Spotlight: Flight Centre is now the most-shorted stock on the ASX

by

Jack Derwin

July 15th 2022 3 minute read

The story behind Flight Centre is well known. It starts with a double-decker bus in Europe, evolves into Top Deck, and ends up as a multi-billion travel company operating out of 23 companies. As pandemic restrictions unwind, things are broadly looking up for travel but not all investors are buying the travel recovery story. These are the five big stories from the week that was.

1. Turbulence ahead

This week U.S. airlines and cruise companies soared as American Airlines forecast roaring demand would surpass 2019 levels.

While costs are rising, especially oil, rival Delta managed to post a profit, crediting the fact that people are desperate to fly.

There is less confidence elsewhere. Heathrow has capped daily arrivals to 100,000 with Emirates Airline declaring the move “unacceptable” and refusing to comply.

In Australia meanwhile new figures showing Flight Centre ranks as the most-shorted stock on the ASX. There are a few theories about how Flight Centre became a battleground stock. At any rate, its share price fell 7% this week.

2. Bye now

Zip has broken off merger talks with Sezzle, ditching the deal as the under-pressure buy now, pay later sector nears regulation.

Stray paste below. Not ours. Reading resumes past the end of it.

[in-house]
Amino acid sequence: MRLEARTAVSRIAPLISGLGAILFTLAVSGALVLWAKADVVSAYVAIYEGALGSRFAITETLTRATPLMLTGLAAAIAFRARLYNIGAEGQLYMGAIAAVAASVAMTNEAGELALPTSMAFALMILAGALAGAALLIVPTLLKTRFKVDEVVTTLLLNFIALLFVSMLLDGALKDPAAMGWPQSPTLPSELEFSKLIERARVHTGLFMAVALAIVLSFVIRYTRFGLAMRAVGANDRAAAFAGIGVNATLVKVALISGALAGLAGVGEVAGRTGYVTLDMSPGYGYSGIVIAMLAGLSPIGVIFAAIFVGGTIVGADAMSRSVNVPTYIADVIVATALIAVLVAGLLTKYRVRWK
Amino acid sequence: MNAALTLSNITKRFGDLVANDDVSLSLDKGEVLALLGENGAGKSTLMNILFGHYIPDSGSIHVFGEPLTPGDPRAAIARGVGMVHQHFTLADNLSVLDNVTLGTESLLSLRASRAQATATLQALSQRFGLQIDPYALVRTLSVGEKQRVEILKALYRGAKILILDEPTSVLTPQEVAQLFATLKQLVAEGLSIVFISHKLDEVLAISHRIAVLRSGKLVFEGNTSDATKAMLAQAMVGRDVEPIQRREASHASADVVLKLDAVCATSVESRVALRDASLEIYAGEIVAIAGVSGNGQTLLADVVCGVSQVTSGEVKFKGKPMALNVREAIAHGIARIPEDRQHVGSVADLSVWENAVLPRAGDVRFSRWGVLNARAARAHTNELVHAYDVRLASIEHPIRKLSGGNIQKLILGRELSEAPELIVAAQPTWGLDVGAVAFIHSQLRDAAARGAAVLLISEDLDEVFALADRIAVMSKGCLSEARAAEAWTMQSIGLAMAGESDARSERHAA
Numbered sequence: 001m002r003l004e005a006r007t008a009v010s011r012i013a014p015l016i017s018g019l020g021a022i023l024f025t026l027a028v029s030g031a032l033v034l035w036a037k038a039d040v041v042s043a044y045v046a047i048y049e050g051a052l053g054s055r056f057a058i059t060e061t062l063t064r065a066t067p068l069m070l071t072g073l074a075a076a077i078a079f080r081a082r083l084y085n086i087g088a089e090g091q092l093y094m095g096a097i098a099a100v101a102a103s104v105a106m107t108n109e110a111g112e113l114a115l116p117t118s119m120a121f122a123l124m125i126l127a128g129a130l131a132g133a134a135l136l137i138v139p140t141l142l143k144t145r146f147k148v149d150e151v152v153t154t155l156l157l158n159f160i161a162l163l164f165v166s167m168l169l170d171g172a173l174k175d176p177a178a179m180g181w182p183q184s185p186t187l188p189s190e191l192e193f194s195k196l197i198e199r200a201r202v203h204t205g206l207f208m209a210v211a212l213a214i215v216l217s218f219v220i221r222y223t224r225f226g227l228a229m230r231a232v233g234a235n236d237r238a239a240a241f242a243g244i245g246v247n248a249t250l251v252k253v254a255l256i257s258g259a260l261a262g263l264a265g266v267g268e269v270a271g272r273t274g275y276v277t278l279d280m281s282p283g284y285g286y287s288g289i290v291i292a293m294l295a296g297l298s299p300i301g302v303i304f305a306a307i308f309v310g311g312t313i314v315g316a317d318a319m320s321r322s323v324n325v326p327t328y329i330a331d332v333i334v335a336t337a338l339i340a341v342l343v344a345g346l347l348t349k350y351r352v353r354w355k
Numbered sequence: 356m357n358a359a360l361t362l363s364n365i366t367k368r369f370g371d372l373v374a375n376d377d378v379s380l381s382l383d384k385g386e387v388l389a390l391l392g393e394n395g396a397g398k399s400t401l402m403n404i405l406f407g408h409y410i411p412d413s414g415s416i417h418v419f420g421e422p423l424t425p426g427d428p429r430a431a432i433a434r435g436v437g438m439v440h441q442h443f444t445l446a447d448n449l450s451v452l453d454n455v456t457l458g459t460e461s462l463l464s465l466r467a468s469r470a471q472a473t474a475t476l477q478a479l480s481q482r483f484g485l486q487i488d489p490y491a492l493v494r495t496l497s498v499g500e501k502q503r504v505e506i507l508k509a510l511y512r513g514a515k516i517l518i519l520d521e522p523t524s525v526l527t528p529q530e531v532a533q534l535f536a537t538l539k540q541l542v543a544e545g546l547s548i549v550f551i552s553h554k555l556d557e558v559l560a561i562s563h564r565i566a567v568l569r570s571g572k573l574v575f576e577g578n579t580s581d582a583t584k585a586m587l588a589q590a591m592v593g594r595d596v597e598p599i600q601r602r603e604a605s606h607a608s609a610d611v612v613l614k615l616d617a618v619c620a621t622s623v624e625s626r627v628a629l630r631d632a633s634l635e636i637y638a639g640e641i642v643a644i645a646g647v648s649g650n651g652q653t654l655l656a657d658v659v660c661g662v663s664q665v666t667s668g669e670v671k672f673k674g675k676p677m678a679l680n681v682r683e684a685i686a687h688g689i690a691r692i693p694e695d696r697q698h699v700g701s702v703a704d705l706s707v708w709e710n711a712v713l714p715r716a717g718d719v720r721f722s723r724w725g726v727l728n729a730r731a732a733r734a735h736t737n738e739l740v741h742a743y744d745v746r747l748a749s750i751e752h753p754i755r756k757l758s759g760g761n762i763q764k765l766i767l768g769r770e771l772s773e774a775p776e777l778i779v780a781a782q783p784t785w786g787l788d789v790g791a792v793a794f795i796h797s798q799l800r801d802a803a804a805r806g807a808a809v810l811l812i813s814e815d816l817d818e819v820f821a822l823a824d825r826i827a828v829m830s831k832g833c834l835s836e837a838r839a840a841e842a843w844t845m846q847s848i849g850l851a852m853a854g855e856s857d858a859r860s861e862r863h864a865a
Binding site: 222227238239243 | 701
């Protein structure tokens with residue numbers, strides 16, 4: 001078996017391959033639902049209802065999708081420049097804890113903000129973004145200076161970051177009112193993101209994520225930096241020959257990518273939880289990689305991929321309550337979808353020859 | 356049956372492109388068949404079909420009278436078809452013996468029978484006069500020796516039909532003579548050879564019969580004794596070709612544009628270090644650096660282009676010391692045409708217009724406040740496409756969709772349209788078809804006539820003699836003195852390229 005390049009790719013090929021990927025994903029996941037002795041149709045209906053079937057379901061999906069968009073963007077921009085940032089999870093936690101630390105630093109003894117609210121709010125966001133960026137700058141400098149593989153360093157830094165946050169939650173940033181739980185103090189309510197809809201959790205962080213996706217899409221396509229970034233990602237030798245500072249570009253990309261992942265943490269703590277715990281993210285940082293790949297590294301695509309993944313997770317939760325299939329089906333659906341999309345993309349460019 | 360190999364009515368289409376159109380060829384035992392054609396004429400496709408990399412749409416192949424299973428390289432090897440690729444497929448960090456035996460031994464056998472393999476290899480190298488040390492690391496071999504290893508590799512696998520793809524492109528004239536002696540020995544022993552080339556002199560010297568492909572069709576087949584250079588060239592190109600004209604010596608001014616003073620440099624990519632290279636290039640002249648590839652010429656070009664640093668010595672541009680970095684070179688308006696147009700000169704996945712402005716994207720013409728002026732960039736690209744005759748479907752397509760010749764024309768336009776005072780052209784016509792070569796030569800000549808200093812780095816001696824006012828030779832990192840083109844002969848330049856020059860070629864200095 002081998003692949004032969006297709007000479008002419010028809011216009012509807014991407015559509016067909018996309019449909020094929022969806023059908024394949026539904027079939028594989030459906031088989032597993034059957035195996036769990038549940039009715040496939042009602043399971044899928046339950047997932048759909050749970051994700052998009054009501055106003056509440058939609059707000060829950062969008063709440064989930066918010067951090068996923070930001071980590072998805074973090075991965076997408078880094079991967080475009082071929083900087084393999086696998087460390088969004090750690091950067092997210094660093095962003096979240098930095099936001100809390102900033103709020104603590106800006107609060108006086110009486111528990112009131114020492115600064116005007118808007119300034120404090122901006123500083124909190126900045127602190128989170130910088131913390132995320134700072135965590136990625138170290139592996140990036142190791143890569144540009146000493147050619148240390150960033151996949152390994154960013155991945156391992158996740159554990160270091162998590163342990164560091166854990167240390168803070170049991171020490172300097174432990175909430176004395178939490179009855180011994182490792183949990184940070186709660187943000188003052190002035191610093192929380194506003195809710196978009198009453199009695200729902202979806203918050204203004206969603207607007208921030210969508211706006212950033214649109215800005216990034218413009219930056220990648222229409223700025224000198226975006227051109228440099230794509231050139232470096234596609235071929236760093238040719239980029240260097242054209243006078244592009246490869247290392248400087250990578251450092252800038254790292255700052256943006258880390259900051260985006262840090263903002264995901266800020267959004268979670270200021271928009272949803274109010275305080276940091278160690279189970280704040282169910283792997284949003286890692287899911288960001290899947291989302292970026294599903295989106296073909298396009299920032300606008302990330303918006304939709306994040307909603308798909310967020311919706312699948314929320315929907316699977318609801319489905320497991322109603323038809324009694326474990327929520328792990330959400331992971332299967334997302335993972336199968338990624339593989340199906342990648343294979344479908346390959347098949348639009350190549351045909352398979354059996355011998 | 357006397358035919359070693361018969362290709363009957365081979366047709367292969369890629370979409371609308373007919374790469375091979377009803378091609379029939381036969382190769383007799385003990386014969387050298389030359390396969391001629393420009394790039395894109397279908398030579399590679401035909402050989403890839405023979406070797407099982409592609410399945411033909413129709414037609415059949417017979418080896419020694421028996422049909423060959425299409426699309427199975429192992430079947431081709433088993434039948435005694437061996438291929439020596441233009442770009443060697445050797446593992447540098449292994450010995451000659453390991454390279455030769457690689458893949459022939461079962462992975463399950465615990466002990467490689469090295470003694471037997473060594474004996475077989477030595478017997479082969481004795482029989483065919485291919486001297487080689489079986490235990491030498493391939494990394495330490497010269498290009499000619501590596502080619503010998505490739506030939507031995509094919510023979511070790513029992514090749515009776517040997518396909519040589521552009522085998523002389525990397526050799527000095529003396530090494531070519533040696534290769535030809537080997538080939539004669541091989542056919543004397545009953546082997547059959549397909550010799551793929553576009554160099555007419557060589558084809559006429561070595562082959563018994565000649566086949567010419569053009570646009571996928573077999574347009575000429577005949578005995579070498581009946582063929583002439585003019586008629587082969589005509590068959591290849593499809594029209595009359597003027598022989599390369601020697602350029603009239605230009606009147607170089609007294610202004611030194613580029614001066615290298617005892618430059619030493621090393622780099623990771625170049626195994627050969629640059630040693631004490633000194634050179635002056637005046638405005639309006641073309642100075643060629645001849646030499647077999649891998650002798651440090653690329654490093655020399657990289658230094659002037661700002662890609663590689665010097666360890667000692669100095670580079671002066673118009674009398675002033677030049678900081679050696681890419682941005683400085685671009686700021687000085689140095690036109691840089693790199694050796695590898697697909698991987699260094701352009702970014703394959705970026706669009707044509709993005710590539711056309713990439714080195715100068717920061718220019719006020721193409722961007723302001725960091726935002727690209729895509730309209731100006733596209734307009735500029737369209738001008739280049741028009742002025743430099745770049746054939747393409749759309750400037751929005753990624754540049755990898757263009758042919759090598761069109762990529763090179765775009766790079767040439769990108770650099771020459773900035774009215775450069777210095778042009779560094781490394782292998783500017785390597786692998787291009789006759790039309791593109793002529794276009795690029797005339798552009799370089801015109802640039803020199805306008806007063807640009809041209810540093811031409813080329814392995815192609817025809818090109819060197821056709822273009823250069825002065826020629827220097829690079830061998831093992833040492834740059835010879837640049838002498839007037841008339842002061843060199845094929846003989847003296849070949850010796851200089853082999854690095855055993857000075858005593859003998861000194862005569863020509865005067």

Then something interesting happened. Zip shares jumped 10% on the news of the breakup while Sezzle fell off a cliff.

Meanwhile Afterpay’s founders reportedly trousered $264 million before selling out to Block – today enough to buy Sezzle outright six times over.

Timing is everything.

3. Character limits

Twitter is officially suing Elon Musk, accusing the billionaire of acting in “bad faith” after lobbing a US$44 billion takeover bid only to withdraw it.

Twitter’s lawyers claim he changed his mind when “the market started turning” and tried to get out of the deal under false pretences.

It’s going to get weird because essentially Twitter is arguing Musk must buy it by claiming he’s an ethically flawed businessman. Get the popcorn.

4. Downstream

Netflix is set to launch a budget, ad-supported streaming option later this year as it tries to hang onto as many eyeballs as it can.

The platform expects it lost as many as two million subscribers this quarter, with tiered pricing an effort to stay competitive in a crowded field.

Netflix now needs to renegotiate its deals with Hollywood studios who want to charge 15-30% more for their content if it is to feature ads.

5. Drive on

More than 124,000 documents have been leaked revealing how Uber successfully lobbied governments to conquer the world.

The whistleblower behind the data dump has detailed how he was part of Uber’s strategy to water down labour laws and crush the taxi industry.

While it isn’t surprising (Uber’s share price barely budged) it is enlightening to see how the sausage was made – as well as the texts.

 

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